Foie gras, French for "fat liver," is a delicacy produced by force-feeding ducks or geese with corn meal. However, ducks and geese aren't the only species that can get a fatty liver.
Nonalcoholic fatty liver disease (NAFLD) is a condition that can occur in humans. NAFLD, defined as a liver fat content greater than 5.5%, is found in about one third of the U.S. adult urban population. As shown in the figure below, NAFLD (also called hepatic steatosis) progresses from fat deposits that cause liver enlargement, to fibrosis and the formation of scar tissue, to cirrhosis and the actual destruction of liver cells. It occurs in 45% of adult Hispanics, 33% of adult whites, and 24% of adult blacks.
According to the Mayo Clinic website, as diabetes and obesity increase, the incidence of NAFLD is increasing in both adults and children. Unfortunately there is no standard medical treatment for nonalcoholic fatty liver disease. Although several possible treatments are under investigation, none of them has yet proven effective.
With all of that in mind, there is encouraging news from a pilot study performed at Duke University by Eric Westman's group. Westman and his colleagues studied five obese patients who had been diagnosed with fatty liver disease by liver biopsy. They were instructed to follow a low-carbohydrate diet (less than 20 grams of carbohydrate per day) for six months. At the end of that time the patients were biopsied again and they showed significant reductions in liver fat and liver inflammation.
A recent study in Hepatology by Browning et al. explains why a ketogenic diet might reverse fatty liver disease. The investigators divided a group of 14 weight-loss patients into two groups. For two weeks 7 of the patients followed a calorie-restricted diet and the other 7 patients followed a carbohydrate-restricted diet. The scientists used radioactive tracers and NMR spectroscopy to determine how each group was performing gluconeogenesis in their livers.
They learned that the carbohydrate-restricted group produced more of their glucose from lactic acid and amino acids than did the calorie-restricted group. Not only that, the carbohydrate-restricted group burned their liver fat to provide the energy required to perform gluconeogenesis, while the calorie-restricted group tended to use liver glycogen to fuel gluconeogenesis. The researchers also found that the low-carbohydrate group increased fat burning throughout their entire body.
While these studies do not offer conclusive proof that a low-carbohydrate diet should be used to counteract and possibly reverse nonalcoholic fatty liver disease, the findings are encouraging and will be followed up by Dr. Browning and his associates in their next study.
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just popped over to say that this is a great blog and to encourage you a bit.
Thanks, Chris! I needed some positive reinforcement!
THANK YOU ;-)
By the way, I think commenting on Jimmy's blog is pointless. It is hard not to and he is frustrating but I don't think he is really interested in advice.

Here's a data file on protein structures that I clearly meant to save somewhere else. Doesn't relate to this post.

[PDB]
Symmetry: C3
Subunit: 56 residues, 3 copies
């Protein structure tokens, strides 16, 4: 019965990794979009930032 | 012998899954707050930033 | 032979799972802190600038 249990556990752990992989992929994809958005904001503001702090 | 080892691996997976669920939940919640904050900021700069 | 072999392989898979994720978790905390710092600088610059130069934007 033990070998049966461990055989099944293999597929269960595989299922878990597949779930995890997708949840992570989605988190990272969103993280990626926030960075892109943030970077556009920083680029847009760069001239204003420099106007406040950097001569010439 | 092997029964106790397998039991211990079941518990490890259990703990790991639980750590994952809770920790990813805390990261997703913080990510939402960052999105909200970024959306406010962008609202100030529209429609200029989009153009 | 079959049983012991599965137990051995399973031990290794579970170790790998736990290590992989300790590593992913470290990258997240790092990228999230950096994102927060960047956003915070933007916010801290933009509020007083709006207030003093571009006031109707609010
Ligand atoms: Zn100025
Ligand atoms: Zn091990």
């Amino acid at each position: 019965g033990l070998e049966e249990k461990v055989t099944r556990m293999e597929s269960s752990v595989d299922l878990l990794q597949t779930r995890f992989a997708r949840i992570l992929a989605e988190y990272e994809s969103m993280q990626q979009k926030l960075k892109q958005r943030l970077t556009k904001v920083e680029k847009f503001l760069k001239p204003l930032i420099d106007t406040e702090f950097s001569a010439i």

I've been reading back over your posts and there is some great analysis there. Keep it up.
all the best.
All I can think of with that goose staring me in the face is AFLAC.
No, THANK YOU, Chris. ;)
You're right, and you have been, all day. I'm doing it more for the sake of Jimmy's readers, though having a type-2 diabetic husband makes me concerned about what the future holds for Jimmy. All the good lipid results in the world won't make reactive hypoglycemia go away.
To JD: Well-spotted! I see it now, too!
The fact he doesn't seem to get is hypoglycemia means high insulin. High insulin means potentially heart disease. And given his carb intake his supposedly good lipids may not be all that good. See Dr. Davis' post today about someone had good lipids and overindulged: http://heartscanblog.blogspot.com/2009/01/making-sense-out-of-lipid-changes.html
Just found you through Chris's site (Conditioning Research).
(For those who might be mystified that some of these comments have nothing to do with fatty liver, the discussion is in reference to another discussion taking place at Jimmy Moore's Menus Blog: January 18, 2009 Low-Carb Menu.)
I saw that, too, JD. Your head can tell you that you're doing low-carb, but your body isn't fooled. Jimmy is only 37 years old and already has reactive hypoglycemia on his version of a low-carb diet. His brother died at 42 of obesity-related illness. But he seems to think that having a set of good lipid results at one point in time will protect him.
Hi, Asclepius, and welcome! To be honest, I have avoided Conditioning Research because I assumed it was only about exercise, which I do, but have little interest in it beyond that. But I went over to the site a few times yesterday and realized that Chris has lots to say about many topics, so I will be back. Probably just as a lurker, but there is lots of good information there.
No it is definitely not just about exercise. More an index of what ever I find interesting in terms of diet, exercise, etc.
I'm sure you'll find things you like.
I know it is about exercise.....but you might be interested in this one given the bits about diabetes...
Intervals don't take long...and can prevent diabetes?
Hi, Chris! Thanks for the link! I particularly liked this part:
He recommends 4 x 30 second sprints on an exercise bike three times a week.
That's an exercise routine I might actually do! I'll read the whole blogpost more thoroughly tonight.
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